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I think dementia is part of the problem but he is able to carry on an intelligent conversation, read, and do his word puzzles. He is almost total care at this point with care givers around the clock. He seems to have his days and nights confused. He is a delight to be around and rarely complains. He and his wife drink coffee (albeit very weak) all day/night - they say it helps their breathing.

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Because we expect our own "sleep at night" pattern, we night interpret sleeping during the day as "his day and nights confused". But I wonder if he might be sleeping just as erratically around the clock. In other words, somewhat randomly distributed with no 6 or 8 hour stretch at any time.

But chances are that at that age, there might be a number of prescription drugs involved, many of which have insomnia as a side effect. If so, that plus caffeine explains a lot.

What might be worth trying - if you haven't already - is prolonged release melatonin. Fact-wise: A - it is beyond question that we lose our ability to produce it with age, and B - mice get a 20% life extnsion from it.

There is a lot of info on "PubMed", and one study concludes:

"PR-melatonin results in significant and clinically meaningful improvements in sleep quality, morning alertness, sleep onset latency and quality of life in primary insomnia patients aged 55 years and over."
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My mom lives with me and is bedridden. She has nurses that come out 1-2 times a week. We've tried many things to help her sleep because she tosses and turns most if not all night. They either stop working after a short time or they make it worse. I've been told by the nurses that if she's safe why fool with it. She can sleep during the day if she needs to and she seems fine. So my advise is if FIL is safe and happy why try to change it?
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I so agree with Jeanne and NancyH. If it isn't broke don't fix it. So what if they eat and sleep according to their personal schedules/preferences. Wouldn't we all, given the choice. If they have round the clock care givers, who are being paid for their time and efforts, let your parents live according to their internal clocks. If they are happy and well cared for, that's the goal. Don't mess with it. Cattails.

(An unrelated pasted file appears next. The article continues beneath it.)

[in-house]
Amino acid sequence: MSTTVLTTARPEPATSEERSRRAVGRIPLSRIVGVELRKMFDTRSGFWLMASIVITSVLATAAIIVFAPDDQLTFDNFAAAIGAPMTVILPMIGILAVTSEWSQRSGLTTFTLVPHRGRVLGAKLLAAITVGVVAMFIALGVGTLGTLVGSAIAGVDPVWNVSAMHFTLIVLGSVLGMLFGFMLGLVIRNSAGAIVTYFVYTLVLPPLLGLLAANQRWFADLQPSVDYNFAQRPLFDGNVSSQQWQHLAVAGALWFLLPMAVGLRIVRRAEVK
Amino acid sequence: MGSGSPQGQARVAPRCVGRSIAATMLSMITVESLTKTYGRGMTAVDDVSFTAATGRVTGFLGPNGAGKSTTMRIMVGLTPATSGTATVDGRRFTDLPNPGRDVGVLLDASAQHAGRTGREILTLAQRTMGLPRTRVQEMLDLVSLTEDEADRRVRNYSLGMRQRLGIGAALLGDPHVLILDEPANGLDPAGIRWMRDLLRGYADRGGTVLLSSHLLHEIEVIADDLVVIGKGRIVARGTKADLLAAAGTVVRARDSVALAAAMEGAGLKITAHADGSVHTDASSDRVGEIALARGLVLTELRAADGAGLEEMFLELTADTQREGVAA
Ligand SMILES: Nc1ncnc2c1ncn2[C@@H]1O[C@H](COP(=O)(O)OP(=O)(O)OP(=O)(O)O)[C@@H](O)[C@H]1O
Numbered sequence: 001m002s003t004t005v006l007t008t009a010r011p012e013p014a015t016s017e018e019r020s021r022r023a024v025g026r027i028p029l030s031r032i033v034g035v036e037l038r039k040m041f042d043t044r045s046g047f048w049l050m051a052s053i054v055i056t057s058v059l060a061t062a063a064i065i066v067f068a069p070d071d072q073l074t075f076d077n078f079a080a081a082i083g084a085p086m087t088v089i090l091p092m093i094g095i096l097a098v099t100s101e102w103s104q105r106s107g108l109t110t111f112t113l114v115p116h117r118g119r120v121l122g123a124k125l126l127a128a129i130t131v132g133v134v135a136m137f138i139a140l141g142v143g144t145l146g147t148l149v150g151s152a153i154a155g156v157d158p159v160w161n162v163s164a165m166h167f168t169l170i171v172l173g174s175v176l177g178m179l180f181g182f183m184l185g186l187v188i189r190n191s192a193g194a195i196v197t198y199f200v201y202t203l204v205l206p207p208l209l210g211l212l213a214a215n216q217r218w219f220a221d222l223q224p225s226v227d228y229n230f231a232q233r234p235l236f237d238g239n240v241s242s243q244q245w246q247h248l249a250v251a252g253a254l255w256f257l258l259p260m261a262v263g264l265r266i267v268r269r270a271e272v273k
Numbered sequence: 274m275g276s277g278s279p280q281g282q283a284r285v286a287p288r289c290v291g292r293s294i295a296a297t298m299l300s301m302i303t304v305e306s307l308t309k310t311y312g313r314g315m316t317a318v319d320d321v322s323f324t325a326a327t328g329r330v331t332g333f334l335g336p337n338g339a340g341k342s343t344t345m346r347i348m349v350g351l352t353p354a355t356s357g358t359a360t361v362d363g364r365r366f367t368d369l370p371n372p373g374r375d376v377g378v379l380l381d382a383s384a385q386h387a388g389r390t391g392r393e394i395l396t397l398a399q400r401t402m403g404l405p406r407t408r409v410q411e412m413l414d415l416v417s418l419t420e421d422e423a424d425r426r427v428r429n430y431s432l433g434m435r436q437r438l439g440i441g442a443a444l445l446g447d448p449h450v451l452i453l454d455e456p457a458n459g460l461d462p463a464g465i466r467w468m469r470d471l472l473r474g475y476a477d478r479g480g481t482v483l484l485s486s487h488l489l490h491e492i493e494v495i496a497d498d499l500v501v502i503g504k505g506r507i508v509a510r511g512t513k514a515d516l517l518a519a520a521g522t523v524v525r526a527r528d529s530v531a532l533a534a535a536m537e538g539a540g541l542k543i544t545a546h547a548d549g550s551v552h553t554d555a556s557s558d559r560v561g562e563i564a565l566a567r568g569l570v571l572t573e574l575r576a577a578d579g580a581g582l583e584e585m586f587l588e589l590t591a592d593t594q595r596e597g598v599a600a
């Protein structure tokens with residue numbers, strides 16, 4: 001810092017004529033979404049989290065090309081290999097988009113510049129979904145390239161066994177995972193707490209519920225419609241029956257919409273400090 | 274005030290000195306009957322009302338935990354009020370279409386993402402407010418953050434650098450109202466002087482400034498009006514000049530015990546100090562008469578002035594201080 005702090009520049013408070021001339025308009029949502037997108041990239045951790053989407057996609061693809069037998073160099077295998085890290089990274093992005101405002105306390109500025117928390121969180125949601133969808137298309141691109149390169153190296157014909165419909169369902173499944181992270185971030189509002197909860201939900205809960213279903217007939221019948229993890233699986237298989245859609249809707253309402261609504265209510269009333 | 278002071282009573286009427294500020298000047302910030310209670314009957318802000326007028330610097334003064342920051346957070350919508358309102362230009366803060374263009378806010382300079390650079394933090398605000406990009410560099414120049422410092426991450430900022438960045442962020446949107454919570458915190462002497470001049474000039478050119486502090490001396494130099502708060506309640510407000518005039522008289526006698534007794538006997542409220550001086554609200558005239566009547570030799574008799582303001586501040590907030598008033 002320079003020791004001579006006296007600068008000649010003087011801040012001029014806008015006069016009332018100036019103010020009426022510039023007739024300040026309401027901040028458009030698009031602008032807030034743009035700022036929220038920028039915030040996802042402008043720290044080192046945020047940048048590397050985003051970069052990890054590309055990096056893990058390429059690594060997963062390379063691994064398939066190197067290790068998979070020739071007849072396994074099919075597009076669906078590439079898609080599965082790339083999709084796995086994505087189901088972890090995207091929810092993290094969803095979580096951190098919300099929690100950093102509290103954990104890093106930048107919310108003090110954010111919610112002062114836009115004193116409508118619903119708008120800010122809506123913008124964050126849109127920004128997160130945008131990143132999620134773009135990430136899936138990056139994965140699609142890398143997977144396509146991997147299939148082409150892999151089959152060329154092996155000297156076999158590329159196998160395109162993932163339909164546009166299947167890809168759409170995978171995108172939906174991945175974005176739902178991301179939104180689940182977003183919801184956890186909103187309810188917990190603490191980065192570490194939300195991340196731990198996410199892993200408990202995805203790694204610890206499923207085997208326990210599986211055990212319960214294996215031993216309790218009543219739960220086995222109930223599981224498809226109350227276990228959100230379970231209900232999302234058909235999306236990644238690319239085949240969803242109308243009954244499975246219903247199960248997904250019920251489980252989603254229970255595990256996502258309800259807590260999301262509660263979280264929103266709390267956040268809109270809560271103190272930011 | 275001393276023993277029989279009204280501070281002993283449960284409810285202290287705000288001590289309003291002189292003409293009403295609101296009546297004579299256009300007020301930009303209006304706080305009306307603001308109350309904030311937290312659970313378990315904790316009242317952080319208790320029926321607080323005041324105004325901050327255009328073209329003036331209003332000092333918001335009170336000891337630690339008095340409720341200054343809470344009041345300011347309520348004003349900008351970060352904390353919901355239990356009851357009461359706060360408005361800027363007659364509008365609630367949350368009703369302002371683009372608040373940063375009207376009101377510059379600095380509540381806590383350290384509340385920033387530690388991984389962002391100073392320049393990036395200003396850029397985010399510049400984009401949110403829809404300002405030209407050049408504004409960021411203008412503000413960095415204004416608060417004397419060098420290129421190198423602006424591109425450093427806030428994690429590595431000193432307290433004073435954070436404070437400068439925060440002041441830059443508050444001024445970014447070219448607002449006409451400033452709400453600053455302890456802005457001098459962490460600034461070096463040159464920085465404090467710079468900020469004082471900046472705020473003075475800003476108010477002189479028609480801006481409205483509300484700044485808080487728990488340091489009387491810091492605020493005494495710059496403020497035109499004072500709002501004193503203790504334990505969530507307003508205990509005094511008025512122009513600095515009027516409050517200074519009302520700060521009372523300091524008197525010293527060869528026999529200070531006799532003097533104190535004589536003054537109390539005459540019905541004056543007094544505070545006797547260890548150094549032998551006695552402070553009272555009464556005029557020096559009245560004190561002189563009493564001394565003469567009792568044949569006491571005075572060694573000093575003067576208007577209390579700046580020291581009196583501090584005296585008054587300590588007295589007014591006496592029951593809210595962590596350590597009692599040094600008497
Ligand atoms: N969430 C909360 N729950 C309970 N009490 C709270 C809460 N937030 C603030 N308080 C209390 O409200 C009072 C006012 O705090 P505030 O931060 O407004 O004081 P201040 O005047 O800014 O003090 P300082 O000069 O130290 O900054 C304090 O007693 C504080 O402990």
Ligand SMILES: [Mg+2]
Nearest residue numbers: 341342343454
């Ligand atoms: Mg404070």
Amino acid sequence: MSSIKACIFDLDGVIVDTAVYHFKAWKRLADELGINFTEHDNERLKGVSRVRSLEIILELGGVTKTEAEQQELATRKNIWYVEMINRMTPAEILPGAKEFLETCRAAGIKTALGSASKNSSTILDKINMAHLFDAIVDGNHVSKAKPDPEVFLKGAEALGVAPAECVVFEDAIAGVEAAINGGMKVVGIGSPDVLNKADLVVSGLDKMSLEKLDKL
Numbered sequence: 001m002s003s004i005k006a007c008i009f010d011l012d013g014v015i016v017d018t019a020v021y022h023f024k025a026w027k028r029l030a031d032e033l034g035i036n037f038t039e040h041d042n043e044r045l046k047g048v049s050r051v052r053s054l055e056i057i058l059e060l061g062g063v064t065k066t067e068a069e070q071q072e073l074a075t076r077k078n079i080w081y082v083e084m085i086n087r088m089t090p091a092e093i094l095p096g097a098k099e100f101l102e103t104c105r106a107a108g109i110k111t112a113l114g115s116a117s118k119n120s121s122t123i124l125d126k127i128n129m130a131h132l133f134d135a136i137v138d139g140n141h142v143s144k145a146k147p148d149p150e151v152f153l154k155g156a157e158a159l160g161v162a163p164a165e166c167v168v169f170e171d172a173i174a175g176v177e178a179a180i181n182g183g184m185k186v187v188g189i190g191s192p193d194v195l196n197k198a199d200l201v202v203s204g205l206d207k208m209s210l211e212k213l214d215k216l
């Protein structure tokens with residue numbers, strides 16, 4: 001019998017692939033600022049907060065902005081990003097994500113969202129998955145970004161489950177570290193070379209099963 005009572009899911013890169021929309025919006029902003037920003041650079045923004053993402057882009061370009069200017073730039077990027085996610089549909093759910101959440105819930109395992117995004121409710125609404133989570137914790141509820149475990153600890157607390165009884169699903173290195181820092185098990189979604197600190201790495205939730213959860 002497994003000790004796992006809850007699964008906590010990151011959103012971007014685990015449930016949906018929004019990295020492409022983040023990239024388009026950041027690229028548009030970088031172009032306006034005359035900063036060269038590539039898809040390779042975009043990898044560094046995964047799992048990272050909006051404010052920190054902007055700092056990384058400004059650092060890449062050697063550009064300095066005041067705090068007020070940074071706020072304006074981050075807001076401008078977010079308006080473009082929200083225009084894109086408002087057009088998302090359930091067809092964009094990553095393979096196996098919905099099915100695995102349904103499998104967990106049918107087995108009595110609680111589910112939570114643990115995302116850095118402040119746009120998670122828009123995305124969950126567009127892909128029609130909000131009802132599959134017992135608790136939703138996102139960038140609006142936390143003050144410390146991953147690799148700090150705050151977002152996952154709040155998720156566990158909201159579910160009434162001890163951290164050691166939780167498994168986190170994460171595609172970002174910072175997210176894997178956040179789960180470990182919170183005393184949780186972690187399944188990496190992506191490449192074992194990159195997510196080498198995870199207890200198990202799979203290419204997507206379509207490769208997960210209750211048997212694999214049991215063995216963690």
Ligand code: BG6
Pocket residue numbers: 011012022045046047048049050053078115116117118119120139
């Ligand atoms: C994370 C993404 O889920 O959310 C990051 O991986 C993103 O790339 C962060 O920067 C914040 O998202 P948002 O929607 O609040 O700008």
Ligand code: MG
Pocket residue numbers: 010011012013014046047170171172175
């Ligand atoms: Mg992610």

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When and if I were to get to the ripe old age of 101 yrs, I think I'd want to be left alone to sleep, eat & do whatever I wanted. I'll catch ya in 40 years and see if I'm right. :)
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Why does he need to sleep better at night?

If the schedule he and his wife are on suits them, and they have round-the-clock caregivers, what is the problem? I would just try to schedule appointments at a time they are usually up and alert.

I have Delayed Sleep Phase Disorder myself, and I have been working with a sleep therapist to shift my internal body clock to somewhat more "normal" hours just for the sake of convenience. It is very hard work to make this shift! I would not bother if I were not working and did not have a spouse who needs caregiving.

If there is some benefit to "fixing" the timing of FIL's sleep, there are several good medical internet sites with suggestions. Try the Minnesota Regional Sleep Center, or Mayo Clinic. And giving up the weak coffee or switching to decaf might help. But it might also cause other problems, if they think it helps their breathing and it is eliminated.

Is FIL getting his medicines and pills OK inspite of his sleep schedule?
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